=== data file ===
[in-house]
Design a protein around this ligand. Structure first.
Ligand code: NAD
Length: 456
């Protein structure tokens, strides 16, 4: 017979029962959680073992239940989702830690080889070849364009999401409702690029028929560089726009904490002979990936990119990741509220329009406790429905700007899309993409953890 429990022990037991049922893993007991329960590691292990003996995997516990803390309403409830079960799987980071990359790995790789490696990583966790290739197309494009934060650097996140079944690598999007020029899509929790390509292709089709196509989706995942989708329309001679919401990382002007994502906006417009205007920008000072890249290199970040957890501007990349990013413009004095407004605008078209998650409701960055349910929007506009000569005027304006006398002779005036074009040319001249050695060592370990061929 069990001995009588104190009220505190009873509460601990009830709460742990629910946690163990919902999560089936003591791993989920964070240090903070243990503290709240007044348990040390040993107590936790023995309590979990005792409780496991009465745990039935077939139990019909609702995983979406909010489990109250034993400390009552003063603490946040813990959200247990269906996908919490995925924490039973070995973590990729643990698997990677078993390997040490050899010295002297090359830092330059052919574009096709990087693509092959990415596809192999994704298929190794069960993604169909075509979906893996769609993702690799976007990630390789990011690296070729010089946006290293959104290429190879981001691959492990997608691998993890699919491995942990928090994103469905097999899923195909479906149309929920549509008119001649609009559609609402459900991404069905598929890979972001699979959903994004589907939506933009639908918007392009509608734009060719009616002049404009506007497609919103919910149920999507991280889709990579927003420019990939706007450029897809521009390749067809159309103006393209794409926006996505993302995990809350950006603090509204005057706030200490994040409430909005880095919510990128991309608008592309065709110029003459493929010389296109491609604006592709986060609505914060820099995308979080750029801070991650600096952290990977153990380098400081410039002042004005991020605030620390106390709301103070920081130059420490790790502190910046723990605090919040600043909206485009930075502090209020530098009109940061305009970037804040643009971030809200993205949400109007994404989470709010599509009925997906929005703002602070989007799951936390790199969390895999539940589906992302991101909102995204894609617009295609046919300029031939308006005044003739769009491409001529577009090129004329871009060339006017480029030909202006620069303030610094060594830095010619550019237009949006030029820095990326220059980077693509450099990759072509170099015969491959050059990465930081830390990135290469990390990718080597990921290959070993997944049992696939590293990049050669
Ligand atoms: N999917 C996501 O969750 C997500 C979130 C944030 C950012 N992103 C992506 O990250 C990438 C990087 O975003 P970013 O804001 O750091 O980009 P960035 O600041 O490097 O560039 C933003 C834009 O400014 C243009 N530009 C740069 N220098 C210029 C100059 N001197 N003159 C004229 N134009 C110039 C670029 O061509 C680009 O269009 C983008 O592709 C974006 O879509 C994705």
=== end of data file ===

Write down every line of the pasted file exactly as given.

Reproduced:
[in-house]
Design a protein around this ligand. Structure first.
Ligand code: NAD
Length: 456
């Protein structure tokens, strides 16, 4: 017979029962959680073992239940989702830690080889070849364009999401409702690029028929560089726009904490002979990936990119990741509220329009406790429905700007899309993409953890 429990022990037991049922893993007991329960590691292990003996995997516990803390309403409830079960799987980071990359790995790789490696990583966790290739197309494009934060650097996140079944690598999007020029899509929790390509292709089709196509989706995942989708329309001679919401990382002007994502906006417009205007920008000072890249290199970040957890501007990349990013413009004095407004605008078209998650409701960055349910929007506009000569005027304006006398002779005036074009040319001249050695060592370990061929 069990001995009588104190009220505190009873509460601990009830709460742990629910946690163990919902999560089936003591791993989920964070240090903070243990503290709240007044348990040390040993107590936790023995309590979990005792409780496991009465745990039935077939139990019909609702995983979406909010489990109250034993400390009552003063603490946040813990959200247990269906996908919490995925924490039973070995973590990729643990698997990677078993390997040490050899010295002297090359830092330059052919574009096709990087693509092959990415596809192999994704298929190794069960993604169909075509979906893996769609993702690799976007990630390789990011690296070729010089946006290293959104290429190879981001691959492990997608691998993890699919491995942990928090994103469905097999899923195909479906149309929920549509008119001649609009559609609402459900991404069905598929890979972001699979959903994004589907939506933009639908918007392009509608734009060719009616002049404009506007497609919103919910149920999507991280889709990579927003420019990939706007450029897809521009390749067809159309103006393209794409926006996505993302995990809350950006603090509204005057706030200490994040409430909005880095919510990128991309608008592309065709110029003459493929010389296109491609604006592709986060609505914060820099995308979080750029801070991650600096952290990977153990380098400081410039002042004005991020605030620390106390709301103070920081130059420490790790502190910046723990605090919040600043909206485009930075502090209020530098009109940061305009970037804040643009971030809200993205949400109007994404989470709010599509009925997906929005703002602070989007799951936390790199969390895999539940589906992302991101909102995204894609617009295609046919300029031939308006005044003739769009491409001529577009090129004329871009060339006017480029030909202006620069303030610094060594830095010619550019237009949006030029820095990326220059980077693509450099990759072509170099015969491959050059990465930081830390990135290469990390990718080597990921290959070993997944049992696939590293990049050669
Ligand atoms: N999917 C996501 O969750 C997500 C979130 C944030 C950012 N992103 C992506 O990250 C990438 C990087 O975003 P970013 O804001 O750091 O980009 P960035 O600041 O490097 O560039 C933003 C834009 O400014 C243009 N530009 C740069 N220098 C210029 C100059 N001197 N003159 C004229 N134009 C110039 C670029 O061509 C680009 O269009 C983008 O592709 C974006 O879509 C994705």